The name Phar Lap comes from an Asian word for lightning; a sky flash. A passing dazzle of light, a spark in the night.
And so he was, the big copper racehorse, born in New Zealand, trained in Australia, whose dazzling speed made him one of those unexpected beacons of hope during the Great Depression and who, according to a report published in an international chemistry journal in April, was killed by a massive dose of arsenic.
Of course, no one who follows race horse history could be entirely surprised by that finding. For one thing, it built on preliminary results from 2006. But from the day Phar Lap died in California on April 5, 1932, rumors have circulated and suspicion simmered that he was killed by someone from the gambling syndicates who had invested in other horses.
After all, gamblers in Australia had earlier tried to shoot the big horse.
The Wonder Horse — one of his many nicknames, along with the Red Terror — was born in October 1926 in New Zealand and thought to have so little promise that he was purchased as a two-year-old by American businessman David J. Davis for about $130 (US). As the story goes, when the gangly youngster shambled into sight, the new owner was so horrified, he refused to pay to train him. The Australian trainer, Harry Telford, offered to train the colt for free in exchange for eventual part ownership of the horse.
Phar Lap won his first race a year later and, as they say, didn’t look back. He’d matured into a beautiful, powerful chestnut with a cheerful disposition and a drive to win. Too much of a winner, some thought. On November 1, 1930, the day of the prestigous Melbourne Cup, a car started following him on the way back from morning practice and shots — apparently ordered by a rival owner — were fired at the big horse. They missed, and no one was ever caught although a furious Davis offered a $100 reward, huge for the time. Phar Lap, though, remained unfazed. And won the race.
In fact, it was one of 14 straight victories that year, followed by 14 straight victories in 1931. In his four-year racing career, Phar Lap ran hard and often and fast. He won 37 of 51 races, and that would include his last.
Davis, by now enamoured of his bargain colt, decided to enter him in an international big prize race, the Agua Caliente Handicap, at a track near Tijuana, Mexico. The purse for the winner of that race would be more than $11,000 (comparable to about $100,000 today). Although Telford was reluctant, Phar Lap was shipped by boat to Mexico. In a hard-fought race, he once again triumphed in a flying finish, still watchable, in fact, in a YouTube video.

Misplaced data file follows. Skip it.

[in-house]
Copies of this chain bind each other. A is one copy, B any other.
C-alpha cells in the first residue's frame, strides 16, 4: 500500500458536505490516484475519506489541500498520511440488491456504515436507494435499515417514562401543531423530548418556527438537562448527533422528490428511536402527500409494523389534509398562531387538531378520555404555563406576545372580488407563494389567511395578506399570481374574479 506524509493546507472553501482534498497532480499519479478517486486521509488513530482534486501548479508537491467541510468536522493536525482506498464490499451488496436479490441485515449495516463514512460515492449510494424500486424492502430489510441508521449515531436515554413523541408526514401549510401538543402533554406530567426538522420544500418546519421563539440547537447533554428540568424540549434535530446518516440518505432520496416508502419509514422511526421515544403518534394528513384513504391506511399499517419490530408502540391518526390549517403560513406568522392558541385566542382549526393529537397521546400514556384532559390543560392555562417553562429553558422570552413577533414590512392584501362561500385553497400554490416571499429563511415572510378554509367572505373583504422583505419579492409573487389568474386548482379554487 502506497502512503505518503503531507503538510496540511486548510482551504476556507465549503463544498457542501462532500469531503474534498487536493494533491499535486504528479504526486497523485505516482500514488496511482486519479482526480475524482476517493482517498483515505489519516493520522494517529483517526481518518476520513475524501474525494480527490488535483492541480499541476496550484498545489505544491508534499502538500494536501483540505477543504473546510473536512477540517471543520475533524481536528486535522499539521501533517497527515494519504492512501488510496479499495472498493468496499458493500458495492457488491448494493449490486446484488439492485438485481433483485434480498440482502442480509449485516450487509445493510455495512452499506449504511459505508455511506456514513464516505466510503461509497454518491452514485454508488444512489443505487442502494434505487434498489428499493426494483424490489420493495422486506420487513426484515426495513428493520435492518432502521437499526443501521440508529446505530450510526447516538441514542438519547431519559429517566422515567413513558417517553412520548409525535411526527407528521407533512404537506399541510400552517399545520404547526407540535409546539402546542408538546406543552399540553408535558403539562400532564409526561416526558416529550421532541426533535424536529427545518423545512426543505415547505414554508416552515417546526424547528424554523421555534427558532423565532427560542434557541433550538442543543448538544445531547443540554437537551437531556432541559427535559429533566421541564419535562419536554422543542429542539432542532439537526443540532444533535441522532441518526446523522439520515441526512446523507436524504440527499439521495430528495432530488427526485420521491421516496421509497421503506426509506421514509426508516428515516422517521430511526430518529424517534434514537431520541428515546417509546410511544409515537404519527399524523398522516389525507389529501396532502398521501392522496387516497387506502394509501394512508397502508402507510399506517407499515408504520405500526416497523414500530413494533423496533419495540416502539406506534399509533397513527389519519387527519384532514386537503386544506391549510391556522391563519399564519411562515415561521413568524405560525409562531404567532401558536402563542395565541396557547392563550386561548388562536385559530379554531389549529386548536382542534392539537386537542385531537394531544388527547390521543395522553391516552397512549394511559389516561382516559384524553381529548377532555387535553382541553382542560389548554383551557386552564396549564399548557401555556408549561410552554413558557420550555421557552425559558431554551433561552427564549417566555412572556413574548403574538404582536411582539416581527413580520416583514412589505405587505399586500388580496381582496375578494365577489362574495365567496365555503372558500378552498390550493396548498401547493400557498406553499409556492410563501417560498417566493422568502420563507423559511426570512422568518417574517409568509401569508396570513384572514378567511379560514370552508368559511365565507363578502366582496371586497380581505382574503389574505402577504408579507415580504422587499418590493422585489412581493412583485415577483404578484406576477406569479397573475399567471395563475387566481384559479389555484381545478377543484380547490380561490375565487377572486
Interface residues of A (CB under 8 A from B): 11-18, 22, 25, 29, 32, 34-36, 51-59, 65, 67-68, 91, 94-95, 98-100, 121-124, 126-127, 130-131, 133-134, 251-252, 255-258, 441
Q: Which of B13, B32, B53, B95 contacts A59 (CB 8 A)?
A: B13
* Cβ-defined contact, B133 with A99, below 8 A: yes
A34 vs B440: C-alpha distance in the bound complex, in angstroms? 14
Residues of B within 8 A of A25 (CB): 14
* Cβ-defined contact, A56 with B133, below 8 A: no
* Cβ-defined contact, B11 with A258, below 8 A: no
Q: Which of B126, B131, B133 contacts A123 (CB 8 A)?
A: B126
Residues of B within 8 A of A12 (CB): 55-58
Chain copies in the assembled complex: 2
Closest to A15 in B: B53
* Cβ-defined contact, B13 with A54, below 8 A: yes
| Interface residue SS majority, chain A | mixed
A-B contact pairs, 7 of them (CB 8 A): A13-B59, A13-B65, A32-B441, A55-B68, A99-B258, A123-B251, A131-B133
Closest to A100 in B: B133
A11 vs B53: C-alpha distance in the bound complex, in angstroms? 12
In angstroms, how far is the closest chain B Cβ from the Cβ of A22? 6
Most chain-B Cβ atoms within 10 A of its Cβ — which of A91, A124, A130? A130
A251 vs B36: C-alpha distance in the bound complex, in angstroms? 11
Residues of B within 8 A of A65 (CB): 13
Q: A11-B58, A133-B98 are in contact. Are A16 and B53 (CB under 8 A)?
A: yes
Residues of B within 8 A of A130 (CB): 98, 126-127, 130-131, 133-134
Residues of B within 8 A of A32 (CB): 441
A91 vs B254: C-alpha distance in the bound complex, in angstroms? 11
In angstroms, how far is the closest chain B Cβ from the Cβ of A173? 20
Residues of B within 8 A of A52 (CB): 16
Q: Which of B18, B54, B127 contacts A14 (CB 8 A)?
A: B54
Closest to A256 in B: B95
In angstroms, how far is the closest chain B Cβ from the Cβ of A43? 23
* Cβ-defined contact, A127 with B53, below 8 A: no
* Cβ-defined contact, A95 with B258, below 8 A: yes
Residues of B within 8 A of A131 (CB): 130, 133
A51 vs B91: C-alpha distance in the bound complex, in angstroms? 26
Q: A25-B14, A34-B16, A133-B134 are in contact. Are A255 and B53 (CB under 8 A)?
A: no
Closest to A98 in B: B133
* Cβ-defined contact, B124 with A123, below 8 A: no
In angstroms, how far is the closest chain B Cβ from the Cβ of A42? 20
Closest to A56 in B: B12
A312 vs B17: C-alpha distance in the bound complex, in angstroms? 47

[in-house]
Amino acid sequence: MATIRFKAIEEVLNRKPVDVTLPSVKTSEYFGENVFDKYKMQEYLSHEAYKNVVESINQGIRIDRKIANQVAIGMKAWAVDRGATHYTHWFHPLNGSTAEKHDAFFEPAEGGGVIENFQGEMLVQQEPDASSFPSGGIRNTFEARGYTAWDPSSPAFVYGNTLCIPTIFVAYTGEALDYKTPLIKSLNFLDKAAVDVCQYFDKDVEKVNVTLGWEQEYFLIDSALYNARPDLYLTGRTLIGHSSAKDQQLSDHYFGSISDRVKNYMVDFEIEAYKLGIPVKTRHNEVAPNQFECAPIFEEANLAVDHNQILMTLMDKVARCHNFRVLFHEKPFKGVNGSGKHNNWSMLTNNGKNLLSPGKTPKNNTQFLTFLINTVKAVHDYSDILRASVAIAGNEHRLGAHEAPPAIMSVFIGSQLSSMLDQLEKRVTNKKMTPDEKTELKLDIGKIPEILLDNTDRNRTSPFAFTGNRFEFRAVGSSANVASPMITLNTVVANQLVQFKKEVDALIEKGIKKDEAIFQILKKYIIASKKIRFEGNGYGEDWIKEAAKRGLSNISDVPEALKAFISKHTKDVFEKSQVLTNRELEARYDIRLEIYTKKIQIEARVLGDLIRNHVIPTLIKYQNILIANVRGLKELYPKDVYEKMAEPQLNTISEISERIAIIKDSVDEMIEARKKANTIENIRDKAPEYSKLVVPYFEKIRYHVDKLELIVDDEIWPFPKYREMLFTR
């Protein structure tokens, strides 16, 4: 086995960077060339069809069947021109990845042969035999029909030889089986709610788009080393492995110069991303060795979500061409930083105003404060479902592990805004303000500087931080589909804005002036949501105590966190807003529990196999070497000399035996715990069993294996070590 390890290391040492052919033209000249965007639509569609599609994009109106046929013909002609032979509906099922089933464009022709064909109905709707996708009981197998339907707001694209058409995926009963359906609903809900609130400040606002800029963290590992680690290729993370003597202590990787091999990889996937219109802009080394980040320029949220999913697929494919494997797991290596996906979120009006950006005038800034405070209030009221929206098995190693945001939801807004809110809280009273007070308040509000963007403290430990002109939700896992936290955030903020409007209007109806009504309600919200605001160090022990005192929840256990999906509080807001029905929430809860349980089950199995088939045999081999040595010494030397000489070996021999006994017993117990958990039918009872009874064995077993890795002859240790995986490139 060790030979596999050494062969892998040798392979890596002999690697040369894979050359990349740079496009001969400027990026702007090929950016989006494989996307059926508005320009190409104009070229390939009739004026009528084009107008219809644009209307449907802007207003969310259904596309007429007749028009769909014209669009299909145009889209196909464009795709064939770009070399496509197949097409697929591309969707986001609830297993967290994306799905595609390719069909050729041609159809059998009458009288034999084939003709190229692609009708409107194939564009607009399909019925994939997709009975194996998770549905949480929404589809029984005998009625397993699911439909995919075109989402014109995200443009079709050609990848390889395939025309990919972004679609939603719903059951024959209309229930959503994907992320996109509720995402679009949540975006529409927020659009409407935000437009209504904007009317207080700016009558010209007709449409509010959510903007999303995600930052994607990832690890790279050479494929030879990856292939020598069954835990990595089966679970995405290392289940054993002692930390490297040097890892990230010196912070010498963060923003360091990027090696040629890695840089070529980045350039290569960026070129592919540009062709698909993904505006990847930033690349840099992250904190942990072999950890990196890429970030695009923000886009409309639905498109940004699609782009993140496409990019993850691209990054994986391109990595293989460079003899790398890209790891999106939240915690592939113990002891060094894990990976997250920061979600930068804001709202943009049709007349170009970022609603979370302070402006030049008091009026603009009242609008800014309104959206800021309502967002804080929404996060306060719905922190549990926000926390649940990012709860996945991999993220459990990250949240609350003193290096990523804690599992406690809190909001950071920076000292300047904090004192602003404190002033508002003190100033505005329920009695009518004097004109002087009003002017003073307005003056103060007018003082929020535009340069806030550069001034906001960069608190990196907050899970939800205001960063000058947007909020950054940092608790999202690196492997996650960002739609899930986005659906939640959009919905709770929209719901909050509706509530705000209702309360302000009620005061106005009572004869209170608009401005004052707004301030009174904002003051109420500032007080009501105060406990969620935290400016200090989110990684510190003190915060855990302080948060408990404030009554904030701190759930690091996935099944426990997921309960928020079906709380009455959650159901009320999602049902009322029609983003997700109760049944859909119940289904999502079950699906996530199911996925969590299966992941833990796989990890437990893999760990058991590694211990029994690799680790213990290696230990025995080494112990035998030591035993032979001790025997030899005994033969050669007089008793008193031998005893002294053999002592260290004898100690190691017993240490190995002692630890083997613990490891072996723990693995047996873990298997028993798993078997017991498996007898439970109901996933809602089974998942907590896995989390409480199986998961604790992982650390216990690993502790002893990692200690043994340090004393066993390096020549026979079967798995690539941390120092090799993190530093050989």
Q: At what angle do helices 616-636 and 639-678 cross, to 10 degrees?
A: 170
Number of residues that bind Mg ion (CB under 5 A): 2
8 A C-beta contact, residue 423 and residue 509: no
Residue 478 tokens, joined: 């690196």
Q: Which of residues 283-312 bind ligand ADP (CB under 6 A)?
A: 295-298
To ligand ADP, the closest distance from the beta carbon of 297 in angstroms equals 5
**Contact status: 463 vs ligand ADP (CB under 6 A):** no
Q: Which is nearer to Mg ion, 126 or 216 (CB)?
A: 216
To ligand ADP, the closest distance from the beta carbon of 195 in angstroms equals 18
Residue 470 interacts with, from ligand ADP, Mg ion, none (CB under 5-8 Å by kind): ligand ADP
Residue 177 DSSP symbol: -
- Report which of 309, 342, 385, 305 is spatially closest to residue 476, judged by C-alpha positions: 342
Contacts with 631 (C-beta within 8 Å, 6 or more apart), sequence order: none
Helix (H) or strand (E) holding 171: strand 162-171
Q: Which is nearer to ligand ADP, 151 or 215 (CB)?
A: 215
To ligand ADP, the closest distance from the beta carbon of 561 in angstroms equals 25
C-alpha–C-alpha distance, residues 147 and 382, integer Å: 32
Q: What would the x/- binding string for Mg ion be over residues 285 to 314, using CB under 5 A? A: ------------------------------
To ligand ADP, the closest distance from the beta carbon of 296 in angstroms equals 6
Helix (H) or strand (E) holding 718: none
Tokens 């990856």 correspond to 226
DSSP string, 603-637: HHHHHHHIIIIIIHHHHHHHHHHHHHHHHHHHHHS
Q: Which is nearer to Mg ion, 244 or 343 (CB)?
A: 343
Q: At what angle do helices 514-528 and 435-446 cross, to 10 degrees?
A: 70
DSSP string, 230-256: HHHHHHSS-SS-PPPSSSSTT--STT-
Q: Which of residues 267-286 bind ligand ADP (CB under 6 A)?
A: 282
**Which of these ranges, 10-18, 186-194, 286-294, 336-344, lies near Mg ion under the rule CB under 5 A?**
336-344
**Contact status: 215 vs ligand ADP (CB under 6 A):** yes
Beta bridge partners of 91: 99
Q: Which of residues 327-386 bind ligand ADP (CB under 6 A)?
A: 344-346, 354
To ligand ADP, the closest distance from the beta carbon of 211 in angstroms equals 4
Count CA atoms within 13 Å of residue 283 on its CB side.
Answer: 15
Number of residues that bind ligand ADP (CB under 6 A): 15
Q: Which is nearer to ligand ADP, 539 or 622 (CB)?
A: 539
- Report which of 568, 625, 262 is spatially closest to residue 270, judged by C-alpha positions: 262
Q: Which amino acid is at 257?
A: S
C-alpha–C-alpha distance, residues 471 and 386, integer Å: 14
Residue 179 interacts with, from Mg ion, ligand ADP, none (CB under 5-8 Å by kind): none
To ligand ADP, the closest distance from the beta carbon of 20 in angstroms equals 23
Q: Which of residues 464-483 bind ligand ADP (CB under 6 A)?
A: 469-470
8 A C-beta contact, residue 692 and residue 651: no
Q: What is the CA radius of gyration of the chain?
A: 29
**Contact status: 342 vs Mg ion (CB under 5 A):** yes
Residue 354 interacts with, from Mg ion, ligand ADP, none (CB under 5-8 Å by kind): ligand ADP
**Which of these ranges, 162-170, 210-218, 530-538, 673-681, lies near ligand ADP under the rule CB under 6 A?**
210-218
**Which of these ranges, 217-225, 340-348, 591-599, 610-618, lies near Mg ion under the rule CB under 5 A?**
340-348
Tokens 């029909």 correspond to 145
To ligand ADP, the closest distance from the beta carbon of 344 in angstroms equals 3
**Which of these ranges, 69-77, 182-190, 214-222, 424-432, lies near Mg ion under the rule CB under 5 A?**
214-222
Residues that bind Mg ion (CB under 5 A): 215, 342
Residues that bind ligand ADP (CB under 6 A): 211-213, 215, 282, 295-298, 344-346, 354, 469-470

Three days later he was dying.
Davis had moved him to a private ranch near Menlo Park, California, while he negotiated for entrance into other lucrative private races. On that morning of April 5, 1932, one of the stablehands found the big horse convulsing in agony. Phar Lap died several hours later. Speculation of deliberate poisoning has followed his story ever since, although alternative theories have been offered — from severe gastroenteritis to accidental poisoning from the use of pesticides on the ranch.
Phar Lap was such a sweet-natured horse that those who knew him mourned not only the loss of a champion athlete but the loss of a friend. Telford said, “A human being couldn’t have had more sense. He was almost human, could do anything but talk … I loved that horse.”
The racehorse was such a hero — and a martyr — to fans in Australia and New Zealand that museums from both countries telegraphed to ask for the chance to display the horse. Davis, after consulting with Telford, decided to send Phar Lap’s “great” heart to Australia’s National Institute of Anatomy in Canberra. The skeleton went to the Dominion Museum in New Zealand. And the hide was sent to the National Museum of Victoria, in Melbourne, where taxidermists labored for four months to create a life-like replica of the Wonder Horse, from his shining red coat to his tousled mane.
In the years since his death, songs have been written to the horse, movies been made about his life story. But it’s that mane that eventually solved the mystery of what — if not who — killed Phar Lap. Australian researchers removed six hairs and then used a highly specialized x-ray microsope to bombard them with intense radiation, illuminating the chemical makeup of the hair. The analysis (done at Argonne National Laboratory in Illinois) is so precise that it allows scientists to tell whether material was absorbed from the blood or introduced after death, such as through embalming processes.
In the case of Phar Lap, researchers were able to determine that arsenic had been metabolized: the horse had been given a massive dose of arsenic one to two days before he died. Those preliminary results were released a couple years ago. The final report, the official conclusion, was published in April under the title Determination of Arsenic Poisoning and Metabolism in Hair by Synchrotron Radiation: The Case of Phar Lap.
A tidy, scientific way of describing a shameful episode and an example of epically bad sportsmanship. I’m glad that researchers in Australia were so determined to find some answers about the death of Phar Lap, even it serves only to remind us of the realities of the American horse racing business of the 1930s, with its underpinnings of crooked money and sweaty desperation.
It’s not justice, of course. Because Phar Lap deserved so much better. The big copper horse deserved to be more than a fleeting star, a flash in the sky. He deserved a chance to finish his glorious career with a much-petted old age in one of those fabled green pastures … I hope that whoever came bearing arsenic to the stable in those soft April days of 1932 didn’t finish out his own days happy and healthy. The man — whoever he was — deserves so much worse.
(Note: This story of Phar Lap is cross-posted today on Women in Crime Ink, a true crime blog that I write for on a monthly basis)